Patricia can do Perhaps the most famous of
Columbo's tactics might be
called One-Last-Thing
something analogous if she needs information from the ERFs. The kind of information most valuable to her is that which reveals what the ERFs know or don't know about the project, or what they believe is the source of the problem. Asking them directly is risky, but a question inserted in amongst questions about how to carry out what they've directed her to do might not be.
Ask one-last-thing when you already know the answer
Perhaps the most famous of Columbo's tactics might be called One-Last-Thing. Just as he was ending an interview of the suspect, he'd halt in mid-stride, scrunch his forehead, point to his right temple, and exclaim, "Oh, I almost forgot." His gestures, timing, and tone all communicate that the question he's about to ask is truly unimportant. But, of course, it later turns out to be the final nail. At the time, though, the suspect doesn't notice how important it is.
Patricia can do something similar. If she's done her homework (see "Gather information on your own" above), she might know something that renders dubious what she has just been directed to do by the ERFs. She has asked a question or two about it, raising some minor issue or other, and the ERFs have reassured her and told her, "Just do it," or something equally condescending. She agrees, and says, "OK, will do." Then, just as the meeting is ending, she says, "Oh, I almost forgot, Chicago told me last night that X" and then asks the question that reveals a basic flaw in the ERFs' plan. By doing so, Patricia helps to establish that her sources of information are quite good, and that she does know something about managing this project.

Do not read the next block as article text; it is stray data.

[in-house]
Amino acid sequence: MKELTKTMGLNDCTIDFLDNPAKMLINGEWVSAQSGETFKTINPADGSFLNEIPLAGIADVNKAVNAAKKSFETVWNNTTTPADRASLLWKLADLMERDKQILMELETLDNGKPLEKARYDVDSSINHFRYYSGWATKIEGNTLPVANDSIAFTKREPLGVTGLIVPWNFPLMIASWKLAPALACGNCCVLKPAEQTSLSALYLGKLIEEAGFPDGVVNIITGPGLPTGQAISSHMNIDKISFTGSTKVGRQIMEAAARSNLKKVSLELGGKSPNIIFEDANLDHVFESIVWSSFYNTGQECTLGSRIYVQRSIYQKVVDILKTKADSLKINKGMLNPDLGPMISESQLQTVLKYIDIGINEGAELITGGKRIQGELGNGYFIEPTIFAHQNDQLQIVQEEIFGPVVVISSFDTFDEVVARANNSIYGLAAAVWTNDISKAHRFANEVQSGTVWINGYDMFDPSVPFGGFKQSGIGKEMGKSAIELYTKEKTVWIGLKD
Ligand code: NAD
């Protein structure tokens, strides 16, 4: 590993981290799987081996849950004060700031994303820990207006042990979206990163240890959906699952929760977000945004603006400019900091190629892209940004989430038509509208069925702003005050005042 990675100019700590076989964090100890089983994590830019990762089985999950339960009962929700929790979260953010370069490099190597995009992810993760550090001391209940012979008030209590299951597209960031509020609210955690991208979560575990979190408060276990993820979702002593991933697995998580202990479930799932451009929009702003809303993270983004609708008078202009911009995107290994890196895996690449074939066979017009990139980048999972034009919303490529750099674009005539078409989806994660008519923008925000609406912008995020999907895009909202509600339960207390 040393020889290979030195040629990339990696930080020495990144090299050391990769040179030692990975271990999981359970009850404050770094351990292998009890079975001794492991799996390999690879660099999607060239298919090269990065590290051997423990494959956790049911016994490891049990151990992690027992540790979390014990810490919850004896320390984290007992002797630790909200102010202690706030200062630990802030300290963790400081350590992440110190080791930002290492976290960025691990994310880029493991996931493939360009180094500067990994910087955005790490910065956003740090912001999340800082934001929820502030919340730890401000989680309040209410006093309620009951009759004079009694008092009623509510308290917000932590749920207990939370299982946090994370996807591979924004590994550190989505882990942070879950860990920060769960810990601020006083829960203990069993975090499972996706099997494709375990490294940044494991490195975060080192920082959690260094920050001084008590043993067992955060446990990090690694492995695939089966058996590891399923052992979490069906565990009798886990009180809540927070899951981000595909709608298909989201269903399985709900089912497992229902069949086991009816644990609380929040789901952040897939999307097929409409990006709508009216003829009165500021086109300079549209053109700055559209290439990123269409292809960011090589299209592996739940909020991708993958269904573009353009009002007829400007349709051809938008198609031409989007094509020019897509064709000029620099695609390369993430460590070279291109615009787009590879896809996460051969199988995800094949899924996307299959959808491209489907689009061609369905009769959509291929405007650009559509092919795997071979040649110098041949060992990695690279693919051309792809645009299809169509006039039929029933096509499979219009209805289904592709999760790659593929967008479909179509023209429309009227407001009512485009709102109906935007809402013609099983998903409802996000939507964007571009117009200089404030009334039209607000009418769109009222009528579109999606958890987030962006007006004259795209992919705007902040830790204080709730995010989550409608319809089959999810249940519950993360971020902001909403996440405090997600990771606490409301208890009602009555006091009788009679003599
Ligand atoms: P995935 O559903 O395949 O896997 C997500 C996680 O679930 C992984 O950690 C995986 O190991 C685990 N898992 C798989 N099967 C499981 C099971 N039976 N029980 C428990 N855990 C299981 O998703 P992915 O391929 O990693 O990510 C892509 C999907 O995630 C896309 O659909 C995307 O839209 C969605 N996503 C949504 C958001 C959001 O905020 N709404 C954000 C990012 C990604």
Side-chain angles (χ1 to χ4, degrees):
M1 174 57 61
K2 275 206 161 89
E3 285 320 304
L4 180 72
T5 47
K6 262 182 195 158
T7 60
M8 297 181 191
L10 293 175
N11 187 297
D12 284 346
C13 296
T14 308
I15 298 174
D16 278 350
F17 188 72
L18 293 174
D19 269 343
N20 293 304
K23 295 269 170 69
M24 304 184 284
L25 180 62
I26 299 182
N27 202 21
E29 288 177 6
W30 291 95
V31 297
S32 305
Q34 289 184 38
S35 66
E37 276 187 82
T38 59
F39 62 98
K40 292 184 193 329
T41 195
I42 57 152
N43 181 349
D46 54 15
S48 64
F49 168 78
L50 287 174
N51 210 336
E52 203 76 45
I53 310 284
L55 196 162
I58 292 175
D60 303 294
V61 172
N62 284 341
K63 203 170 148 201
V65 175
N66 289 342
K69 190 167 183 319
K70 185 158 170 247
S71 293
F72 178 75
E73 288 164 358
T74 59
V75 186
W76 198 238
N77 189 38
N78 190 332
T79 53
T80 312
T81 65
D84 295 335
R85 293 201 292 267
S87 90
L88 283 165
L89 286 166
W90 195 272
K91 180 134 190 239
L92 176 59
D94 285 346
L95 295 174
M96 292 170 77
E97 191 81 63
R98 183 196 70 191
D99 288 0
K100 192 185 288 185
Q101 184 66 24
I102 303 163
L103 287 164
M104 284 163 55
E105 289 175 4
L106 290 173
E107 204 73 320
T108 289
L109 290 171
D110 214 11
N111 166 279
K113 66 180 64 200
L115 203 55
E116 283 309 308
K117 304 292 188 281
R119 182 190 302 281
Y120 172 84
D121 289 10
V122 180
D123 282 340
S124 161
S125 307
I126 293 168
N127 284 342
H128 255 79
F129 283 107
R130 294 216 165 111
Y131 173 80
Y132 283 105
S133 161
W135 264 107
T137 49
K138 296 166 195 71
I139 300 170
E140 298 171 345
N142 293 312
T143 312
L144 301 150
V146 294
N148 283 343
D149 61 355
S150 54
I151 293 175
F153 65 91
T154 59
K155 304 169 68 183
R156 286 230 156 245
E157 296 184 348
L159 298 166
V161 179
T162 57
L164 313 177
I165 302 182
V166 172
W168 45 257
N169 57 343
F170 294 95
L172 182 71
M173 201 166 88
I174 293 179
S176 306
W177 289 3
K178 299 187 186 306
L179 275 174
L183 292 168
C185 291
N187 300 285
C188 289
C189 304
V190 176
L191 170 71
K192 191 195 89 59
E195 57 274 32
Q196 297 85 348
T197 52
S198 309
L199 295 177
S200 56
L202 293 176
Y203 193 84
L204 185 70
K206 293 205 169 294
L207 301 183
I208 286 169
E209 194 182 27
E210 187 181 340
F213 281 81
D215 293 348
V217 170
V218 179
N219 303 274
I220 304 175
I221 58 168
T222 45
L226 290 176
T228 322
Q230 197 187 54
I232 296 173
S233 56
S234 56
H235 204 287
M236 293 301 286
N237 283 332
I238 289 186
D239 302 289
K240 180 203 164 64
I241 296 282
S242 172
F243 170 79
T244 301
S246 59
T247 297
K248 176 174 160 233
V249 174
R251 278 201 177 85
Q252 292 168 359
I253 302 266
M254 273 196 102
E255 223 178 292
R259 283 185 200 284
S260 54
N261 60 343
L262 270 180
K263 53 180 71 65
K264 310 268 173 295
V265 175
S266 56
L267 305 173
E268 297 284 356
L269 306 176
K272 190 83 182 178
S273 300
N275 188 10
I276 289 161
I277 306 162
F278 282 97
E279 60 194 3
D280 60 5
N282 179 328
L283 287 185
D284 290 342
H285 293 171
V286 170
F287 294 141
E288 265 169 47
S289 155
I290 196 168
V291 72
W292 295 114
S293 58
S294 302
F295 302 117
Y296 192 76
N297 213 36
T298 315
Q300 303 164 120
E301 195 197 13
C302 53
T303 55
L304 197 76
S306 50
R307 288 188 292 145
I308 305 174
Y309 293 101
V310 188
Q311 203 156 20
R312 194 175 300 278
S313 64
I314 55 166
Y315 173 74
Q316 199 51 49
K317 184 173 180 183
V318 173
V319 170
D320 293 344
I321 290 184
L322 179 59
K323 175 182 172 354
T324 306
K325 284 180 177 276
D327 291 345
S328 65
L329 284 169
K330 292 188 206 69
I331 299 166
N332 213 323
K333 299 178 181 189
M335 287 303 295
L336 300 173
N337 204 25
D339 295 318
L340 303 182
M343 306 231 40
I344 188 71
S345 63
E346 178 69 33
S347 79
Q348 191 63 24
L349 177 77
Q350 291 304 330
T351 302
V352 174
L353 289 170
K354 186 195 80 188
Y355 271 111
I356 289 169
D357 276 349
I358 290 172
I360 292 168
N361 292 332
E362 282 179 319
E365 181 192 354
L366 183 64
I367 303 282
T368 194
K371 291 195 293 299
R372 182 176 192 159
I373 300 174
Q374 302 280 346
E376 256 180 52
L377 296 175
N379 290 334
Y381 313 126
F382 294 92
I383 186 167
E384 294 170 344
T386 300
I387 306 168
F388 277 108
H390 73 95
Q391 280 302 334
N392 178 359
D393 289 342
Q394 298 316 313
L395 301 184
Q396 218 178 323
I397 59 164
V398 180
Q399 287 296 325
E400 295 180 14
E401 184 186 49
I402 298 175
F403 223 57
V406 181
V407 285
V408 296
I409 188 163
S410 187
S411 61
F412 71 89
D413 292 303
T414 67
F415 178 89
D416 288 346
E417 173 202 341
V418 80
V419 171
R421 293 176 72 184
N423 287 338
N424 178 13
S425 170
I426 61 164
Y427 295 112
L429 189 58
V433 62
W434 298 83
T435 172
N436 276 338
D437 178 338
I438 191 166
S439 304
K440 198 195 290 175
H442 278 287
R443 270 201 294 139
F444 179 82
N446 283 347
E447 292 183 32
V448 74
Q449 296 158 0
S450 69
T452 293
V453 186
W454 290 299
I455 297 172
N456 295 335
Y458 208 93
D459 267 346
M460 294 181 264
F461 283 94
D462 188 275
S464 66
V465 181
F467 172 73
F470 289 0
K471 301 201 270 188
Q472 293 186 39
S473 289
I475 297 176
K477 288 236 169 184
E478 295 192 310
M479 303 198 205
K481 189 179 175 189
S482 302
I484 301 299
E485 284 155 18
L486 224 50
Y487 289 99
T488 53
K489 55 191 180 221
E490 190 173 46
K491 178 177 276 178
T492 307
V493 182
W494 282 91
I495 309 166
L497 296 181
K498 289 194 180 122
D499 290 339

There are some risks associated with using this tactic. Because of the importance of the non-verbal elements of Columbo's technique, it's difficult to get the level of impact in a phone conference at work that Columbo can achieve in person. And if the ERFs include people familiar with Lt. Columbo and his tactics, they might recognize it. But these two points aside, it's very effective.

In 69 episodes, Lt. Columbo used a wide range of tactics to solve numerous crimes. The six tactics I've described are perhaps the most memorable and adaptable, but certainly there are more. Enjoy your further research. First in this series  Go to top Top  Next issue: Congruent Decision-Making: I  Next Issue

303 Secrets of Workplace PoliticsIs every other day a tense, anxious, angry misery as you watch people around you, who couldn't even think their way through a game of Jacks, win at workplace politics and steal the credit and glory for just about everyone's best work including yours? Read 303 Secrets of Workplace Politics, filled with tips and techniques for succeeding in workplace politics. More info

Your comments are welcome

Would you like to see your comments posted here? rbrenmhXARWRMUvVyOdHlner@ChacxgDmtwOKrxnripPCoCanyon.comSend me your comments by email, or by Web form.

About Point Lookout